Register Forgot login?

© 2002-2019
Encyclopaedia Metallum

Best viewed
without Internet Explorer,
in 1280 x 960 resolution
or higher.

Privacy Policy

WHERE IS THE “LIVE” IN THE LIVE ALBUM? - 75%

prometeus, January 27th, 2019
Written based on this version: 2016, Digital, Independent

Mayhem has a long tradition of releasing live albums or compilations, but this one is somewhat special, because it is the first full-length live output with Atilla on vocals. The problem is that it does not sound like a live album, but like a remastered studio version of De Mysteriis Dom Sathanas. If someone would like to hear them live, but does not have the resources to go to their concerts, then they might sound boring (I will go into details below). The good part is also the sound polishing, since everything is much clearer, especially the vocals, compared to the original.

First of all, I like this better than the original because of Atilla. Here, he sounds more coherent and less silly, without the extra pop gimmicks, way out of place. Then, the reverb he has on the mic gives a much necessary boost, to understand the words coming out from his mouth. Lastly, his clean vocals have improved, but his standard deep low voice is becoming an Abbath-esque croak. Of course, he is getting older, even though the guy is probably in the minority of the black metal vocalists receiving vocal couching early in his career.

Second, the idea of using two guitarists in Mayhem is for the best. They tried the formula with Blackthorn in 1992-1993, with Nordgaren in 1997, and with Sanrabb in 2004-2005, but it’s a shame they weren’t consistent with this formula. The riffs sound fuller, the tracks sound more aggressive and atmospheric, while the darkness is more suffocating than in the original, when the second guitar appeared sparingly. And of course, kudos for the sound crew for the recreation of the original production!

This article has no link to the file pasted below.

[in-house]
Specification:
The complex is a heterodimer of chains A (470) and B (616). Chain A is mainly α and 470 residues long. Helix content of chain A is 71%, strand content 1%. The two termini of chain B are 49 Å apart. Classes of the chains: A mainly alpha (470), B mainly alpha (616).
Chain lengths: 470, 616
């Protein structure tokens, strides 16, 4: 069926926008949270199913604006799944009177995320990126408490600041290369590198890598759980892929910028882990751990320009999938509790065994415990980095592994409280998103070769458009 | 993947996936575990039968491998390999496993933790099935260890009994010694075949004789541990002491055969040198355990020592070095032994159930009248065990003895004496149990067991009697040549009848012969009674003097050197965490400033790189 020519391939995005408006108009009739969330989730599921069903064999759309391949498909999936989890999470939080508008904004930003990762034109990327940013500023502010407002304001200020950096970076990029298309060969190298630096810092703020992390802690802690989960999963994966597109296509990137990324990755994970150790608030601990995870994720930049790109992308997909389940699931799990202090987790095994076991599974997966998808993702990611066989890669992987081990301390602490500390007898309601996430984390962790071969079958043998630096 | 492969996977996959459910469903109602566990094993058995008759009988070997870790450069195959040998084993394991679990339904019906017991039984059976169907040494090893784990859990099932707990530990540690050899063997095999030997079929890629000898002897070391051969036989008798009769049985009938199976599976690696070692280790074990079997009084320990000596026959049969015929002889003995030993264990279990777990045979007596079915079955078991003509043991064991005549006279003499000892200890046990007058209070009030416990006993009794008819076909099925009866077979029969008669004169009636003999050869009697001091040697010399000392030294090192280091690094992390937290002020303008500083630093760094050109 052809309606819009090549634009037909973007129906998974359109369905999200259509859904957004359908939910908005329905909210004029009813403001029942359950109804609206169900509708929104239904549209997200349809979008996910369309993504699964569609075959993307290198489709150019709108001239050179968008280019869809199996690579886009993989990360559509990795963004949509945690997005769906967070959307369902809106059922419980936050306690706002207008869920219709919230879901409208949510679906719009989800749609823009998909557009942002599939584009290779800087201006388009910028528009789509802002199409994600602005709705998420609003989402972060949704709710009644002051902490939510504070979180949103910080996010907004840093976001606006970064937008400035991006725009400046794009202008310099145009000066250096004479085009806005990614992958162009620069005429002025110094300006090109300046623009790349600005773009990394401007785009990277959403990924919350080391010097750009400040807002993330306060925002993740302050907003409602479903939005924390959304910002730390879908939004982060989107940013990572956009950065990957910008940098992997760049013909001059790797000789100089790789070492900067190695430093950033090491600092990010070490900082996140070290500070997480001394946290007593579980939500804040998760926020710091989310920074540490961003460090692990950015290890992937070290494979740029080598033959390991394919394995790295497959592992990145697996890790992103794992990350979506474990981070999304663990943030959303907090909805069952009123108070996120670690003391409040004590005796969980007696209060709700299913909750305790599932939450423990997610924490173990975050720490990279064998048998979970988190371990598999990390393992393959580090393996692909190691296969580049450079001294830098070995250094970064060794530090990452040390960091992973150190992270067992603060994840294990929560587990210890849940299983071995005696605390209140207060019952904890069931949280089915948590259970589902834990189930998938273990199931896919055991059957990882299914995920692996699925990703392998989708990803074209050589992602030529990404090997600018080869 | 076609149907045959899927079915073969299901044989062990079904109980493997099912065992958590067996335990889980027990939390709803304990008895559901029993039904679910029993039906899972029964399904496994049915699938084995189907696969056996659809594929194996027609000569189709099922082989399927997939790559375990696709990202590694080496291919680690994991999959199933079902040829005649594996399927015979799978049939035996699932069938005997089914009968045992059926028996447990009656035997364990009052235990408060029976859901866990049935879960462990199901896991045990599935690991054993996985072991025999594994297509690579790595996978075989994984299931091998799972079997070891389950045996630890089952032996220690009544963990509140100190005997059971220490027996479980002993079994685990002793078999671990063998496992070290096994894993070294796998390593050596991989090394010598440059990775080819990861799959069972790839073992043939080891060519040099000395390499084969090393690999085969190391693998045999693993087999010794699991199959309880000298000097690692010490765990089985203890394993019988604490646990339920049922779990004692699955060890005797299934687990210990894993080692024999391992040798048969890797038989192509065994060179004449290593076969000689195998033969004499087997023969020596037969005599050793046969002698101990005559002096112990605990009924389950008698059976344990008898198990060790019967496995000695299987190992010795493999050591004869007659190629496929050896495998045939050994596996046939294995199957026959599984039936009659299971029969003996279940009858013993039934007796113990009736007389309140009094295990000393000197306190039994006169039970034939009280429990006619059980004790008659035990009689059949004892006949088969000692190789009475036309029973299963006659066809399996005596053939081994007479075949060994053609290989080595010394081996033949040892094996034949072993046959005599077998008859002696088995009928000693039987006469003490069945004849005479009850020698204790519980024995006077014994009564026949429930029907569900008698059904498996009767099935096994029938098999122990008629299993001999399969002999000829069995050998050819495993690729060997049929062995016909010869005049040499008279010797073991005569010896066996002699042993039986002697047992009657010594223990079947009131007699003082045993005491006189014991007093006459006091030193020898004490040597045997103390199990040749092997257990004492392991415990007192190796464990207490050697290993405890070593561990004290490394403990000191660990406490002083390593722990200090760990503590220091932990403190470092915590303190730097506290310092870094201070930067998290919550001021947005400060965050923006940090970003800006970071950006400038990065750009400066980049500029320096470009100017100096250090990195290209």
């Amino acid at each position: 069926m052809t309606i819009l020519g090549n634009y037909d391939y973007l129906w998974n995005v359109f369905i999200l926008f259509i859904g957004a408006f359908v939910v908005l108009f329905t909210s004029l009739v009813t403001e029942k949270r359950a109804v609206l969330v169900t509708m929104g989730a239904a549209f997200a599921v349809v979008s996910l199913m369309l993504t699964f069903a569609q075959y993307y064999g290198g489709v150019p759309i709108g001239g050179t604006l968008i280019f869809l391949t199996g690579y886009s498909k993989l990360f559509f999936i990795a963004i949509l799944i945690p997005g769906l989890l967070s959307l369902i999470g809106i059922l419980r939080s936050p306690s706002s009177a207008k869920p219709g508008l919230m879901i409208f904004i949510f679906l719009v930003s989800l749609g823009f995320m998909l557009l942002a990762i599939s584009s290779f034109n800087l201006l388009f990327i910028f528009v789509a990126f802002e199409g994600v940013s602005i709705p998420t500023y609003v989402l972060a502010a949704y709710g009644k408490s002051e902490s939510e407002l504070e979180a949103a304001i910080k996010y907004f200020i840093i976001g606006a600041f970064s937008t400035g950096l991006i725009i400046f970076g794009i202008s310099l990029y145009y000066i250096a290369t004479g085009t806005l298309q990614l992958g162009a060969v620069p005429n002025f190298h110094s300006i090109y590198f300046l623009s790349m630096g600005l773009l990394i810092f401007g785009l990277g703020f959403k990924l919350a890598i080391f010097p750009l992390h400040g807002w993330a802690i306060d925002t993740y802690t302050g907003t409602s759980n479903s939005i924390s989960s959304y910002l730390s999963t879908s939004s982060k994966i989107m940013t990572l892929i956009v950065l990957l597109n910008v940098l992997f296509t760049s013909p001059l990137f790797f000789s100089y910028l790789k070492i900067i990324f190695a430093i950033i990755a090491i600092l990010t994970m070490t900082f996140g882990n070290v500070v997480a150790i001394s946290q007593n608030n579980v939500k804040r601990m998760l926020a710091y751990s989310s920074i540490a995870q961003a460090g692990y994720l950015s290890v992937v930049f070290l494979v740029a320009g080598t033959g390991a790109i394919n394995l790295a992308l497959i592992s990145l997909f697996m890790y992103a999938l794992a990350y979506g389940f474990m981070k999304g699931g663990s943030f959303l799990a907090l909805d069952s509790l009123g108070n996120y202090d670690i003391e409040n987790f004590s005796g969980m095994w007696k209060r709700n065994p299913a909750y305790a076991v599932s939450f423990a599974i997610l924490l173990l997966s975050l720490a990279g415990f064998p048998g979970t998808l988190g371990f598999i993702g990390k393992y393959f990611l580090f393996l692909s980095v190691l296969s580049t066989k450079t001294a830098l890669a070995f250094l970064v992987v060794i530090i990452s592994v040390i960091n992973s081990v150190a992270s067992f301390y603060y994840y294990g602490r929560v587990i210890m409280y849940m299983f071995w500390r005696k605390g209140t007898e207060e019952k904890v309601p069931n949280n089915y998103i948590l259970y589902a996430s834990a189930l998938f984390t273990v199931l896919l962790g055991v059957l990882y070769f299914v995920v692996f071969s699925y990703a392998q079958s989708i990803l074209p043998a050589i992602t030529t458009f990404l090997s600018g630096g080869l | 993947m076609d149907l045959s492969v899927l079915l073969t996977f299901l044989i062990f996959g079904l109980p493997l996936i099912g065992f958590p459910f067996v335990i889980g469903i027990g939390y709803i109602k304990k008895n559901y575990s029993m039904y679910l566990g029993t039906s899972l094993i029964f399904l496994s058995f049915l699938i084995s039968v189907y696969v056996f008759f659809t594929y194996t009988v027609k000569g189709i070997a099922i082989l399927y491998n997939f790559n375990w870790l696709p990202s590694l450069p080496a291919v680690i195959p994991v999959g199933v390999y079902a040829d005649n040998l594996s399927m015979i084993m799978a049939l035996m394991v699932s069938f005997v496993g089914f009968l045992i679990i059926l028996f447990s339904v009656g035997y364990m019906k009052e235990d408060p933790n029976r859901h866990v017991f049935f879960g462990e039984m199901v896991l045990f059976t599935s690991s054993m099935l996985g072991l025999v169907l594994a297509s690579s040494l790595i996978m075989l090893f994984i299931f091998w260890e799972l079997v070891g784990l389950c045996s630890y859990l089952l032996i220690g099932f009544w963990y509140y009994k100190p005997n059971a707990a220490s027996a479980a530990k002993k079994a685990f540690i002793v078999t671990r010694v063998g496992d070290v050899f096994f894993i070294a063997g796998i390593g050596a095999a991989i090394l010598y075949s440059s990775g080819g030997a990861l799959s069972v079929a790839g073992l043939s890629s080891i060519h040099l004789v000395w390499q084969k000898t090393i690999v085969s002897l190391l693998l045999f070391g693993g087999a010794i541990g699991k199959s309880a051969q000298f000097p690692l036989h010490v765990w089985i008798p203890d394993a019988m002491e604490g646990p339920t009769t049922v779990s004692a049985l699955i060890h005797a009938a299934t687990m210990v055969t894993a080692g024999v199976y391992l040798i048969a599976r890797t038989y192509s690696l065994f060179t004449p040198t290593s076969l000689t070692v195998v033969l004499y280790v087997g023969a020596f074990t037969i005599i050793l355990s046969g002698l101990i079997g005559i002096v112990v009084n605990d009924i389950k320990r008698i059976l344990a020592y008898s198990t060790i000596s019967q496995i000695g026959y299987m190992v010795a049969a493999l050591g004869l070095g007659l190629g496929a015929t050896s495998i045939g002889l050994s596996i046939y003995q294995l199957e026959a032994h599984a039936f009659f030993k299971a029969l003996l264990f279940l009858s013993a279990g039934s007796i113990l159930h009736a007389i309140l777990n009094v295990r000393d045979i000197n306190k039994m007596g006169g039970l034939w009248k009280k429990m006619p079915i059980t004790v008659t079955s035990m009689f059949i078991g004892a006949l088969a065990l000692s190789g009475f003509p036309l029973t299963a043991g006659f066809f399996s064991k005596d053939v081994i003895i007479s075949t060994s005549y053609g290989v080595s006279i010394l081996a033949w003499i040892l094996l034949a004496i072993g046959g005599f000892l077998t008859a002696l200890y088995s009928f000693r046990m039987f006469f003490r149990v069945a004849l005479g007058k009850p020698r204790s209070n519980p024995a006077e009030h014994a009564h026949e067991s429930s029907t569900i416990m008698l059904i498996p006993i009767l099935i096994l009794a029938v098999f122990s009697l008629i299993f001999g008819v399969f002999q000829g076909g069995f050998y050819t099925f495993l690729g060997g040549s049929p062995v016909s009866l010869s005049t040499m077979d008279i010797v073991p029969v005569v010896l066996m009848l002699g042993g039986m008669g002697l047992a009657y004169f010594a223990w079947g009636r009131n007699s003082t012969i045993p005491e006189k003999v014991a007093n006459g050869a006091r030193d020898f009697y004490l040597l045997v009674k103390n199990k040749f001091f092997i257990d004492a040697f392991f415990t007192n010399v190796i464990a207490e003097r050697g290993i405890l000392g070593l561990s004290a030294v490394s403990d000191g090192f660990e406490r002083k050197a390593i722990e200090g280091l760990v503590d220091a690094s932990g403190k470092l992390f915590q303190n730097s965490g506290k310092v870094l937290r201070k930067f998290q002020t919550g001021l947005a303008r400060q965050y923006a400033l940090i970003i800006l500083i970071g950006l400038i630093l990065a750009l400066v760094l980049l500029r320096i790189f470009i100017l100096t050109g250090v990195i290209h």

Another aspect I like about the live release is the increased tempo, with the increased musicianship. Let’s be honest – Euronymous was not a very good live guitarist, compared with Blasphemer or Teloch. Here, everything is very tight, with Hellhammer pounding the drums with confidence and keeping the original details, before the editing process. Necrobutcher’s bass gets a little in the background, but he is still as competent as he was in 1991, for better or for worse. Teloch’s solo in Life Eternal sounds weaker than in the studio version, but then again, there it’s overdubbed, so I guess I will give him a pass.

The downside for the album is a big one: if you haven’t seen the video recording or are not interested in it (for some reason, like hearing the whole thing on bandcamp), then you should know that they’ve cut the bits between the songs, and the crowd noise is almost absent. This neuters any chance of experiencing an actual live session, and Atilla isn’t the type to interact during the songs. And even in the video, he whispers or grunts or mumbles some words, when samples are not present. One thing I miss about Maniac was that he had this genuine hatred and intense passion when introducing the songs. Oh, and another minus about the audio version is the absence of… the visual aspect: everybody’s cloaked, except Hellhammer, for obvious reasons.

In the end, I recommend this for the visual experience and if you like professional live recordings, as it is their best sounding yet. But, if you want a more intense live album, better check Mediolanum Capta Est, where Atilla also sings on two tracks (track the bootleg for the second one).